11. The second key concern that I will touch on, is the rise in cybercrime. Cyberattacks and cyber-enabled crimes are on the uptrend, and criminals are employing more sophisticated tactics with the help of technology, to steal data, extort and transfer money, and disrupt systems. “Cybercrime as a service” is also increasing in popularity, allowing someone without technical skills to buy specialist crime services, to carry out cyberattacks or commit other types of cybercrime. A competitive environment means that more effective malware is being produced by hackers to overcome security measures put in place to thwart them. APT, or Advanced Persistent Threats, are also being employed by both state and non-state actors to steal sensitive data and research.
12. Globally, it is estimated that approximately $600 billion was lost to cybercrime and cyberattacks. In Singapore alone, more than $158 million was lost just to scams in 2018, predominantly through online platforms. And this is just a conservative estimate.
13. With the borderless nature of cybercrime, regional and international cooperation with foreign law enforcement is necessary. We need to work together to allow for fast cooperation to trace and stop the monies, and interdict the criminals. To illustrate this, the joint operations conducted by police officers from Singapore, Malaysia and Hong Kong in 2018 led to the arrest of over 40 suspects responsible for over 150 cases of internet love scams across 3 jurisdictions.
D. Leveraging on Technology
14. Technology plays a critical role and offers tremendous potential for public and private organisations to better tackle the threats of terrorism and cybercrime. Just as criminals and malicious actors employ technology for illegitimate purposes, it remains critical for homeland security agencies globally to harness technology to remain effective in our response to the security threats and challenges. Constant innovation is also key to preparing ourselves against evolving and new homeland security threats. To strengthen our society in the face of these threats, we will need to continue investing in a strong public-private technology ecosystem and implement technology to significantly augment our collective expertise and innovative capacity.
15. Let me briefly share what MHA is doing in this area to support our desired operational outcomes. Since 2015, we have embarked on a major transformation to strengthen our agencies’ operational effectiveness, including developing new technologies, focusing on threat detection, digital forensics, and unmanned systems (such as drones and unmanned boats) which are currently being used by our police and civil defence forces. Another example is the enhanced use of biometrics and screening technology to secure Singapore’s borders, where the Immigration and Checkpoints Authority will implement the BioScreen-Multi Modal Biometrics System to automate and streamline processes at our checkpoints later this year. This system will allow us to use a combination of any of three biometric identifiers, namely iris, facial and fingerprints, for fast and accurate immigration clearance.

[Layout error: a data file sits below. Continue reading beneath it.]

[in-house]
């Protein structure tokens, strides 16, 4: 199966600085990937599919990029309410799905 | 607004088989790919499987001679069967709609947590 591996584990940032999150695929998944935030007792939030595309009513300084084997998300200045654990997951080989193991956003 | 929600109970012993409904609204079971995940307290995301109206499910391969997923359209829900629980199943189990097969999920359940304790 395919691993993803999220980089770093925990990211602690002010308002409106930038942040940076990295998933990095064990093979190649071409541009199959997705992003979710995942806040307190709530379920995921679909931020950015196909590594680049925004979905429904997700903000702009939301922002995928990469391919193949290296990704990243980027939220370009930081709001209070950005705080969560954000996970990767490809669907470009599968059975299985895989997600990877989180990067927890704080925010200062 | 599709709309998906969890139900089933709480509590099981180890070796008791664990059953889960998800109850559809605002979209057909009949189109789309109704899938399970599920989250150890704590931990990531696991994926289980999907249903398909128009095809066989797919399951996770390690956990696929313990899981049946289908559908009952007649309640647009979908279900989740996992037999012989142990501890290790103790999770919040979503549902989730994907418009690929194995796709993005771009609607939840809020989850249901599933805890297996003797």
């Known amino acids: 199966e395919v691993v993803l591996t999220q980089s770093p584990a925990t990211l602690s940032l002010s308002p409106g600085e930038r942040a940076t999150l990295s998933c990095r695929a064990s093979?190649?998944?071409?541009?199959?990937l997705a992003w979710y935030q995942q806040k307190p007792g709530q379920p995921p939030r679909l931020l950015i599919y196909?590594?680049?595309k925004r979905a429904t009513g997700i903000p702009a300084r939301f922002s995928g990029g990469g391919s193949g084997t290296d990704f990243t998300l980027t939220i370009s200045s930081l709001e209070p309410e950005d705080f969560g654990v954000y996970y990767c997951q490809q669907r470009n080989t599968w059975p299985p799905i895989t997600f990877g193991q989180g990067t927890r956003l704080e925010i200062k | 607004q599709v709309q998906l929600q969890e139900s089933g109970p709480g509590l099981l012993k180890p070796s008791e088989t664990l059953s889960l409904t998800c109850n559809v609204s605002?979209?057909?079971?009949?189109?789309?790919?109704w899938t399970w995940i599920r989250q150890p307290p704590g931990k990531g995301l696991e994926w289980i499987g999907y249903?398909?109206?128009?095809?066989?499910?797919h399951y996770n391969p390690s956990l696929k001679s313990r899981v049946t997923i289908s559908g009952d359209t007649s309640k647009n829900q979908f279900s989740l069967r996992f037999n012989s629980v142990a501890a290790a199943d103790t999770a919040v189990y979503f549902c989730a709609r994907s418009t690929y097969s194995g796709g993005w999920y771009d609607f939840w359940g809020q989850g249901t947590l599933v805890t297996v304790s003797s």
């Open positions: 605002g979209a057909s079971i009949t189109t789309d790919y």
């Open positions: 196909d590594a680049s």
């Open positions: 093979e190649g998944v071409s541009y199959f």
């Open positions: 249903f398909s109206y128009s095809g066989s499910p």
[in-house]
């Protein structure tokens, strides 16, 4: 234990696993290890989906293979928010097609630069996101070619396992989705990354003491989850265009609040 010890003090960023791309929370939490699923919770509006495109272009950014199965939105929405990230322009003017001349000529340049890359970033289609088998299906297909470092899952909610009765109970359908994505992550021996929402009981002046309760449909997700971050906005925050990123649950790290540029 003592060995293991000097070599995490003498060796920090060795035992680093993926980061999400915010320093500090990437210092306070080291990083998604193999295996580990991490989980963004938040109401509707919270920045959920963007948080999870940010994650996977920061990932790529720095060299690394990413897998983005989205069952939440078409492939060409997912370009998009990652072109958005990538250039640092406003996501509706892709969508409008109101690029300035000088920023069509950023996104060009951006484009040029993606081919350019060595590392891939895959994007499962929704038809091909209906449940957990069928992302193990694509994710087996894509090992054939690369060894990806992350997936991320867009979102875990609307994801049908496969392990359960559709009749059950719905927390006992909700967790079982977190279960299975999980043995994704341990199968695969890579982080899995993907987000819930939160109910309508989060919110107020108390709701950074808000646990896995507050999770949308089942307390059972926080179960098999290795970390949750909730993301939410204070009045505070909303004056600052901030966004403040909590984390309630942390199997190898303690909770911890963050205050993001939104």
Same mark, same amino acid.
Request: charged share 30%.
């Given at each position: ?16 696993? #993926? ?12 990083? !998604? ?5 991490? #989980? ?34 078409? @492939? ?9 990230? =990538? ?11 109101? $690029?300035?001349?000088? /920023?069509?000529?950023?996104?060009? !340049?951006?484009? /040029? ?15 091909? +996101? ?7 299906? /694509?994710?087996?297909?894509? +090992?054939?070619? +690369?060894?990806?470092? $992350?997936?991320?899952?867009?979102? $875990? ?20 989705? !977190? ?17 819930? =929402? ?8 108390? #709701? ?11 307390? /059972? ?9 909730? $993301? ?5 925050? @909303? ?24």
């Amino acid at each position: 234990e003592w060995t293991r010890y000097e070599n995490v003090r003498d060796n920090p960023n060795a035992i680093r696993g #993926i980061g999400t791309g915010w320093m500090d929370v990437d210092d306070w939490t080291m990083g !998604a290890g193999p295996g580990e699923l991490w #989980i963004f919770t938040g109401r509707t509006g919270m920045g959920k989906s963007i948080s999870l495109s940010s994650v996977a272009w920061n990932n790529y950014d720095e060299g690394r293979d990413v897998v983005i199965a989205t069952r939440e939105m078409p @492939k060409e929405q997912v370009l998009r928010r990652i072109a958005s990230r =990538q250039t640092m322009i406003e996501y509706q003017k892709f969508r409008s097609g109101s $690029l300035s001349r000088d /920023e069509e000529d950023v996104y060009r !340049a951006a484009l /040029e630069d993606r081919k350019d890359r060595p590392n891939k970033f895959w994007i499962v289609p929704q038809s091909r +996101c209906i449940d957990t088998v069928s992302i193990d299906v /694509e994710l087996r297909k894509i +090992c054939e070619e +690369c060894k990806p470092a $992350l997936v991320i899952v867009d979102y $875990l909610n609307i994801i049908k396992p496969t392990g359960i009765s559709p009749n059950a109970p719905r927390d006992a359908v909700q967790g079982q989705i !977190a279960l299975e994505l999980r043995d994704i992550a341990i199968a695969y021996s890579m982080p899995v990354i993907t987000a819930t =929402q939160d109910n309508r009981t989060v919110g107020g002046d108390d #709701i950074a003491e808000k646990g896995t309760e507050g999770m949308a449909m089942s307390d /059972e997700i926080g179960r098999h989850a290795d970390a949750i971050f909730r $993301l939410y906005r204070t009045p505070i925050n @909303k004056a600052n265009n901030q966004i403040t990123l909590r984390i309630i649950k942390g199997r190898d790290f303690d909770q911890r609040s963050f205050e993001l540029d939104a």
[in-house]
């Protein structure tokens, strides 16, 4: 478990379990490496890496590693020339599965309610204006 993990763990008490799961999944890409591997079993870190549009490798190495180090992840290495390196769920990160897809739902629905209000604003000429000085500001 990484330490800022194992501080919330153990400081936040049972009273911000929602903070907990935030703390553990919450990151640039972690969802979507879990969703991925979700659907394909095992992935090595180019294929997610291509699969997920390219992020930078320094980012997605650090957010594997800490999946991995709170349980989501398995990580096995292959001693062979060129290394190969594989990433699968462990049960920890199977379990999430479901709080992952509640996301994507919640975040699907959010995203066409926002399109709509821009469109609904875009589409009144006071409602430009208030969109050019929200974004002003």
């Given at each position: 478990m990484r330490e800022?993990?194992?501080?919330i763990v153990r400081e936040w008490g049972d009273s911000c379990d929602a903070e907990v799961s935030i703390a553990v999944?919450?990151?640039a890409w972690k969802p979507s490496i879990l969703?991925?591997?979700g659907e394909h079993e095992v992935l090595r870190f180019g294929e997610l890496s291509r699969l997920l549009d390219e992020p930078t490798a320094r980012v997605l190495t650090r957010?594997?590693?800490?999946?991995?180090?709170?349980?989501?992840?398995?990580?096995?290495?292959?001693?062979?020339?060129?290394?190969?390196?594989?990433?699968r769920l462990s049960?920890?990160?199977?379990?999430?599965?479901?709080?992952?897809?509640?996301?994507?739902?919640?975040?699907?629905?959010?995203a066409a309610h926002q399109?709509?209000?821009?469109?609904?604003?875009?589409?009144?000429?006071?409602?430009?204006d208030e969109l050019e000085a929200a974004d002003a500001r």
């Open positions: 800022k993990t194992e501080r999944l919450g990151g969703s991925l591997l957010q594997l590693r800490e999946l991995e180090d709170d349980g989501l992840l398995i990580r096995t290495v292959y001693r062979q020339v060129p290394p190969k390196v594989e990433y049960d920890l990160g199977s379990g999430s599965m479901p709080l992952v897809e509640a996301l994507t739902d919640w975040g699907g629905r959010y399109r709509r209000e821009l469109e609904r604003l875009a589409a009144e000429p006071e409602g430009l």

16. To qualitatively enhance MHA’s capabilities, we are setting up a new Science and Technology (S&T) Agency to directly support the Ministry’s work and that of the Homefront. With our investments in capability development expected to grow from $979 million currently to about $1.9 billion in 2025, this new agency will focus on developing capabilities unique to the operational context and requirements of Singapore’s homeland security to better support operations.
E. Close Bilateral and International Cooperation and Collaboration
17. In the face of emerging, global threats in a dynamic landscape, it remains critical for countries to continue cohesive efforts to strengthen close bilateral, regional and international cooperation and collaboration.No one organisation, group or country has the ability or expertise to resolve or manage the challenges that lie ahead of us in a rapidly changing, increasingly interconnected world. There is strong impetus and imperative for all of us to remain open to dialogue, partnerships at various levels and achieve better outcomes collectively. It is in this context that we welcome the strong partnership with France, and with our other strategic partners. Working closely together, we are stronger, better prepared, and more effective. And so we must continue building these bridges of cooperation and collaboration.
18. With esteemed international speakers offering unique insights on key emerging security, terrorist and criminal challenges, as well as many reputable companies showcasing the latest technology in the exhibition, Milipol Asia-Pacific 2019 stands out as a reliable and sustainable platform for us to gather, participate, learn and collaborate. This will contribute towards the capability development of law enforcement agencies and security organisations.
19. I wish you all a fruitful conference. Enjoy your time in Singapore. Thank you.